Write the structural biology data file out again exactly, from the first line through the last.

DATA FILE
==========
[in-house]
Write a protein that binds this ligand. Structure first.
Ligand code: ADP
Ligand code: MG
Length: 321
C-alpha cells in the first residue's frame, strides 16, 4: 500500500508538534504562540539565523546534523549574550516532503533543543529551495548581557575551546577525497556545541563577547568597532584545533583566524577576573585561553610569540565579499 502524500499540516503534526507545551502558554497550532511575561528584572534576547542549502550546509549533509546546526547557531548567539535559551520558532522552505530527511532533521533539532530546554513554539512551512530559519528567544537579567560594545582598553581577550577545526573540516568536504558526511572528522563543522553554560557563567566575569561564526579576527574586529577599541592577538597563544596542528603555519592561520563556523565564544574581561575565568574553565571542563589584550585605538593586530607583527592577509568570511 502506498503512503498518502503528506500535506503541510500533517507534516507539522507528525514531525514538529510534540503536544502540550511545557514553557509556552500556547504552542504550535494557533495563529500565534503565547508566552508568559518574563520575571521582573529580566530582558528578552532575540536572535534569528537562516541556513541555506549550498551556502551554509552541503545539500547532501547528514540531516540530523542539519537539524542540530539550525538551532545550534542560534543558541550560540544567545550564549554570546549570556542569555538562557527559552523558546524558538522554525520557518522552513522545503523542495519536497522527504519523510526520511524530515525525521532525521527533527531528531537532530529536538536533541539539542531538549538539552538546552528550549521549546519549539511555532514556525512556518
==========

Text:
[in-house]
Write a protein that binds this ligand. Structure first.
Ligand code: ADP
Ligand code: MG
Length: 321
C-alpha cells in the first residue's frame, strides 16, 4: 500500500508538534504562540539565523546534523549574550516532503533543543529551495548581557575551546577525497556545541563577547568597532584545533583566524577576573585561553610569540565579499 502524500499540516503534526507545551502558554497550532511575561528584572534576547542549502550546509549533509546546526547557531548567539535559551520558532522552505530527511532533521533539532530546554513554539512551512530559519528567544537579567560594545582598553581577550577545526573540516568536504558526511572528522563543522553554560557563567566575569561564526579576527574586529577599541592577538597563544596542528603555519592561520563556523565564544574581561575565568574553565571542563589584550585605538593586530607583527592577509568570511 502506498503512503498518502503528506500535506503541510500533517507534516507539522507528525514531525514538529510534540503536544502540550511545557514553557509556552500556547504552542504550535494557533495563529500565534503565547508566552508568559518574563520575571521582573529580566530582558528578552532575540536572535534569528537562516541556513541555506549550498551556502551554509552541503545539500547532501547528514540531516540530523542539519537539524542540530539550525538551532545550534542560534543558541550560540544567545550564549554570546549570556542569555538562557527559552523558546524558538522554525520557518522552513522545503523542495519536497522527504519523510526520511524530515525525521532525521527533527531528531537532530529536538536533541539539542531538549538539552538546552528550549521549546519549539511555532514556525512556518